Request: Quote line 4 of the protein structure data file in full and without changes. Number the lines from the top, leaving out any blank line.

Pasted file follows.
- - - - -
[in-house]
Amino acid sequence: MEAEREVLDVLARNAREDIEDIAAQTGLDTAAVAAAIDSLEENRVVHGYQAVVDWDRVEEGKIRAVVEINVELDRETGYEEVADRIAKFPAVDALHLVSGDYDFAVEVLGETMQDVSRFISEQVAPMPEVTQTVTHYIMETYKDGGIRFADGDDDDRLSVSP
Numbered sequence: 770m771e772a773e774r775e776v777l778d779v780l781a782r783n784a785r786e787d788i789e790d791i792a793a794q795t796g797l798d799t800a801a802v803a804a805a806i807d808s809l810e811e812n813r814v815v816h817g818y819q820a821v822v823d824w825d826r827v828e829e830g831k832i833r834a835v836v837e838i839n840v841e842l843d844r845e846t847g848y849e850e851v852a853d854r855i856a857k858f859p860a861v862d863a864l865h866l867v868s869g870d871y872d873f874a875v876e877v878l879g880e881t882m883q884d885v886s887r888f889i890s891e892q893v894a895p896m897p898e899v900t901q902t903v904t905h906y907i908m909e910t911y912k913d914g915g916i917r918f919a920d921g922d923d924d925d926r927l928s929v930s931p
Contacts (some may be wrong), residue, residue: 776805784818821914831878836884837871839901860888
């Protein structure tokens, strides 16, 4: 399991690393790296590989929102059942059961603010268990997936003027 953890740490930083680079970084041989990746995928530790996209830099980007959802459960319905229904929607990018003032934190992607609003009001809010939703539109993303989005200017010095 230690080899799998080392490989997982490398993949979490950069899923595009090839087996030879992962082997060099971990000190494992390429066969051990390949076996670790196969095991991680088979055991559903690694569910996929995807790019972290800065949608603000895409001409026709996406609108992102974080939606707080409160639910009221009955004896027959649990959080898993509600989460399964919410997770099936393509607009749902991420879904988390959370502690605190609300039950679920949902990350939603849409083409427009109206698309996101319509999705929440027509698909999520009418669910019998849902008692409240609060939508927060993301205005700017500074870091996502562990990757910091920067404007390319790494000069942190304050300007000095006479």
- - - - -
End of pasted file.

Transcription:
Contacts (some may be wrong), residue, residue: 776805784818821914831878836884837871839901860888